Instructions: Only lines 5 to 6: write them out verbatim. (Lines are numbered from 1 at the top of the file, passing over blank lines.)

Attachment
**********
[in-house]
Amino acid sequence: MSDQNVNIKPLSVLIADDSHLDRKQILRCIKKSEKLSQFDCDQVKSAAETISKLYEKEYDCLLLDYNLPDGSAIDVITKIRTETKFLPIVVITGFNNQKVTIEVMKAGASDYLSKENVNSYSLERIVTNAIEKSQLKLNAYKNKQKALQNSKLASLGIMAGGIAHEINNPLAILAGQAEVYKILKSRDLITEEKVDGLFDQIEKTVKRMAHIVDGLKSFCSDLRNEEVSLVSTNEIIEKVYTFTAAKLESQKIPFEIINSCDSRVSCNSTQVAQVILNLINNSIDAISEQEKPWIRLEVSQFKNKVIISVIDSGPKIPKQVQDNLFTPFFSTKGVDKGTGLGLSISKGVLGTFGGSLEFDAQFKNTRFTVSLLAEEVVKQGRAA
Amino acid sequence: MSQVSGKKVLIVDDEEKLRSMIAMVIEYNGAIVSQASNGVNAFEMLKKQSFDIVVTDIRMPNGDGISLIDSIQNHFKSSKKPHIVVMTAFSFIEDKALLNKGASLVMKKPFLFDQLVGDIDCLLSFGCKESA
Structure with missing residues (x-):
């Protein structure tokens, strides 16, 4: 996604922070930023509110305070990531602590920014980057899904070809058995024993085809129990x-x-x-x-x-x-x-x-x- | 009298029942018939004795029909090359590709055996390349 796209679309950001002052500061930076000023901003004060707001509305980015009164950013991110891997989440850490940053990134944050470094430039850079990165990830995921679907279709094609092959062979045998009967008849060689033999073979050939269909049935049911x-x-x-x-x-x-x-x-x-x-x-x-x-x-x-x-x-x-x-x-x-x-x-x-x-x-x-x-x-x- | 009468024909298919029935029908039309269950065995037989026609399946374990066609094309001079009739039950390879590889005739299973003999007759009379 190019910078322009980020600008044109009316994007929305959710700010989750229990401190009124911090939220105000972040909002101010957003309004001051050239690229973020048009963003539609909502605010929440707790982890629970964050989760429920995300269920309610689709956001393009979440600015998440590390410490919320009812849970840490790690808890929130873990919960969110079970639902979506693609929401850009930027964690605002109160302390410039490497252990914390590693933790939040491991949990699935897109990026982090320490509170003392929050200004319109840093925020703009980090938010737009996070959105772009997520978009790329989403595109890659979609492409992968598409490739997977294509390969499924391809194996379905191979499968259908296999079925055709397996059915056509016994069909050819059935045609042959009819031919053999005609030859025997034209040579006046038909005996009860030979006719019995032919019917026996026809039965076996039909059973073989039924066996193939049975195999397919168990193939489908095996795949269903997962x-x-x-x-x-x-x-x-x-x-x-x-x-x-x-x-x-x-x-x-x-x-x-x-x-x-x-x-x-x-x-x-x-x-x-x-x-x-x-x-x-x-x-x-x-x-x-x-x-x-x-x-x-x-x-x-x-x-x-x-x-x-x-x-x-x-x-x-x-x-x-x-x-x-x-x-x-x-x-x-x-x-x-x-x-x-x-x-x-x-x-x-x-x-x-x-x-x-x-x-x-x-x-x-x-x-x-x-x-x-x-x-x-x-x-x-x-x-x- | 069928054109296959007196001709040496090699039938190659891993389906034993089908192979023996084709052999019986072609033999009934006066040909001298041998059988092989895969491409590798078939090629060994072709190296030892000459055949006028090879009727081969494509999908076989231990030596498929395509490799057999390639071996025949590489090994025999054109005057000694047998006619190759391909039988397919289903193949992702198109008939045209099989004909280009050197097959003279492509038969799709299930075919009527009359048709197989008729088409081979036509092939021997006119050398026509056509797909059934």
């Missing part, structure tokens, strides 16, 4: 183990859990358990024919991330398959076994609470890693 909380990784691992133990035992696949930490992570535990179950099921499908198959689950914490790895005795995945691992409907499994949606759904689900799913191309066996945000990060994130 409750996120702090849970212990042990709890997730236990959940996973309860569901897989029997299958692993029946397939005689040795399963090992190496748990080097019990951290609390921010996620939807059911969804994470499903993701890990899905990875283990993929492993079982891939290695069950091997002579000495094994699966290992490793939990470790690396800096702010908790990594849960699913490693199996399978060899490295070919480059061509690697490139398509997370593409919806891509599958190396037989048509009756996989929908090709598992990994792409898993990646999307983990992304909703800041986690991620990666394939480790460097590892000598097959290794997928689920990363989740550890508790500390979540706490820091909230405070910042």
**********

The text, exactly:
């Protein structure tokens, strides 16, 4: 996604922070930023509110305070990531602590920014980057899904070809058995024993085809129990x-x-x-x-x-x-x-x-x- | 009298029942018939004795029909090359590709055996390349 796209679309950001002052500061930076000023901003004060707001509305980015009164950013991110891997989440850490940053990134944050470094430039850079990165990830995921679907279709094609092959062979045998009967008849060689033999073979050939269909049935049911x-x-x-x-x-x-x-x-x-x-x-x-x-x-x-x-x-x-x-x-x-x-x-x-x-x-x-x-x-x- | 009468024909298919029935029908039309269950065995037989026609399946374990066609094309001079009739039950390879590889005739299973003999007759009379 190019910078322009980020600008044109009316994007929305959710700010989750229990401190009124911090939220105000972040909002101010957003309004001051050239690229973020048009963003539609909502605010929440707790982890629970964050989760429920995300269920309610689709956001393009979440600015998440590390410490919320009812849970840490790690808890929130873990919960969110079970639902979506693609929401850009930027964690605002109160302390410039490497252990914390590693933790939040491991949990699935897109990026982090320490509170003392929050200004319109840093925020703009980090938010737009996070959105772009997520978009790329989403595109890659979609492409992968598409490739997977294509390969499924391809194996379905191979499968259908296999079925055709397996059915056509016994069909050819059935045609042959009819031919053999005609030859025997034209040579006046038909005996009860030979006719019995032919019917026996026809039965076996039909059973073989039924066996193939049975195999397919168990193939489908095996795949269903997962x-x-x-x-x-x-x-x-x-x-x-x-x-x-x-x-x-x-x-x-x-x-x-x-x-x-x-x-x-x-x-x-x-x-x-x-x-x-x-x-x-x-x-x-x-x-x-x-x-x-x-x-x-x-x-x-x-x-x-x-x-x-x-x-x-x-x-x-x-x-x-x-x-x-x-x-x-x-x-x-x-x-x-x-x-x-x-x-x-x-x-x-x-x-x-x-x-x-x-x-x-x-x-x-x-x-x-x-x-x-x-x-x-x-x-x-x-x-x- | 069928054109296959007196001709040496090699039938190659891993389906034993089908192979023996084709052999019986072609033999009934006066040909001298041998059988092989895969491409590798078939090629060994072709190296030892000459055949006028090879009727081969494509999908076989231990030596498929395509490799057999390639071996025949590489090994025999054109005057000694047998006619190759391909039988397919289903193949992702198109008939045209099989004909280009050197097959003279492509038969799709299930075919009527009359048709197989008729088409081979036509092939021997006119050398026509056509797909059934």
């Missing part, structure tokens, strides 16, 4: 183990859990358990024919991330398959076994609470890693 909380990784691992133990035992696949930490992570535990179950099921499908198959689950914490790895005795995945691992409907499994949606759904689900799913191309066996945000990060994130 409750996120702090849970212990042990709890997730236990959940996973309860569901897989029997299958692993029946397939005689040795399963090992190496748990080097019990951290609390921010996620939807059911969804994470499903993701890990899905990875283990993929492993079982891939290695069950091997002579000495094994699966290992490793939990470790690396800096702010908790990594849960699913490693199996399978060899490295070919480059061509690697490139398509997370593409919806891509599958190396037989048509009756996989929908090709598992990994792409898993990646999307983990992304909703800041986690991620990666394939480790460097590892000598097959290794997928689920990363989740550890508790500390979540706490820091909230405070910042």